Russian officials warned not to use Apple devices
Officials should never use Apple devices at work due to the threat of surveillance by foreign intelligence, the speaker of the upper chamber of Russian parliament, Valentina Matvienko, has suggested.
“It’s clear why people are ditching iPhones. At the very least, they certainly cannot be used for work purposes, because our non-partners [Western nations] are snooping after the entire world,” she said on Tuesday during a session, insisting the devices are a risk in terms of national and personal security.
Apple stands out among mobile device producers for using the closed iOS operating system and strictly controlling the apps available to users. The feature, which inevitably undermines its competition, is touted as significantly boosting cybersecurity.
Nevertheless, Apple devices are hackable. According to multiple media reports, a number of firms around the world offer clients services in breaching iPhone defenses to extract information or conduct surveillance. Such hacking tools are purportedly meant for law enforcement agencies to combat organized crime and terrorism.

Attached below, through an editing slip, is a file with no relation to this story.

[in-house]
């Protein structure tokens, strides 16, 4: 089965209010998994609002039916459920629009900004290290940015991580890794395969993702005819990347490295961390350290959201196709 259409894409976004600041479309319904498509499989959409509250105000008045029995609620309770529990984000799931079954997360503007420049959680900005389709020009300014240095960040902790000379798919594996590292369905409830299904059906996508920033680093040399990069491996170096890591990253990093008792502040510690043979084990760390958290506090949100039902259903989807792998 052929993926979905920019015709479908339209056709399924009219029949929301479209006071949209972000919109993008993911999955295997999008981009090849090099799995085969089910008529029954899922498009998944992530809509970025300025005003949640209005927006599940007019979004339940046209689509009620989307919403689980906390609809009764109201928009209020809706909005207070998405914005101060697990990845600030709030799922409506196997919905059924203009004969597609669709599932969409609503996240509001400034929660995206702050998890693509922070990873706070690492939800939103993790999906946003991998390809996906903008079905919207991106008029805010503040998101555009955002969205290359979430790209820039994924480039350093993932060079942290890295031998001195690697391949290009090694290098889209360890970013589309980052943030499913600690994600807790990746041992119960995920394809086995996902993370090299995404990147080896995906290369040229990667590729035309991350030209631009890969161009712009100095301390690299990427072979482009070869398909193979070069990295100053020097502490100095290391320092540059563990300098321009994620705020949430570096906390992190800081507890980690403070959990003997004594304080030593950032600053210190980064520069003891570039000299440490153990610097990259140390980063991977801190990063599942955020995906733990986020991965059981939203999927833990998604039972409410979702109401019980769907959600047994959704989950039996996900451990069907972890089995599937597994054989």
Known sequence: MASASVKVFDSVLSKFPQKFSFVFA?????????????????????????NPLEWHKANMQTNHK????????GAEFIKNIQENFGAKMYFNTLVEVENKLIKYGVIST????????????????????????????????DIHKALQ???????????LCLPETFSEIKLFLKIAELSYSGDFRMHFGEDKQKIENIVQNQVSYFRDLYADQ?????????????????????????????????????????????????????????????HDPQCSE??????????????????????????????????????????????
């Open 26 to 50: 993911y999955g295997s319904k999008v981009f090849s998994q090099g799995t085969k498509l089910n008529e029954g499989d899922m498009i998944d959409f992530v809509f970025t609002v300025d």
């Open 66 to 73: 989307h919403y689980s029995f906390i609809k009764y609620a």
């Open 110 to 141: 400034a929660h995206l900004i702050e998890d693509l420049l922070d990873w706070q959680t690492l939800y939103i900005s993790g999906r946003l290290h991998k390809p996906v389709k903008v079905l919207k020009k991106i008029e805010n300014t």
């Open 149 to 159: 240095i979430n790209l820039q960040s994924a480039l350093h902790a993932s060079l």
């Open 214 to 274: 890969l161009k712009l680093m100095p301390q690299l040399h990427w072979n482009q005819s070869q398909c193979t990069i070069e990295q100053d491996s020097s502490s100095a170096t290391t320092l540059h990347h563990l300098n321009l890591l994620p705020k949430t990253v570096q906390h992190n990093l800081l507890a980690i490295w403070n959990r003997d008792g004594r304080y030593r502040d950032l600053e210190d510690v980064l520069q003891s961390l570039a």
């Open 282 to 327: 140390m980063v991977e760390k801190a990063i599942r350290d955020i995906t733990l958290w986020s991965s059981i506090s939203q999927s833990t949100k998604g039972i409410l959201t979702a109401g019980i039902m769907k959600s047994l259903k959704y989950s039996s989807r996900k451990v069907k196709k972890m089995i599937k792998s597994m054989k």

In some cases, most notably with the Israeli spy kit Pegasus, developers were accused of exposing people’s phones to abusive leaders who would then go after their political opponents, foreign officials, and journalists.
Some Russian agencies have previously expressed concern about Apple’s popularity and the potential for the firm to give backdoor access to its devices to the US intelligence community.
Last month, the security service FSB accused the CIA of infecting thousands of iPhones with malware to spy on users. The targets included Russian and foreign diplomats, it said. The agency claimed that Apple was “providing the American intelligence services with a wide range of opportunities to survey any persons of interest to the White House.”
Matvienko noted that she and other Russian senators were not banned from bringing Apple devices into parliament because “it would not matter, since we mostly conduct public hearings.”
“But when we hold sessions behind closed doors, where a certain level of secrecy is required, no phones at all are allowed, not just iPhones,” she added.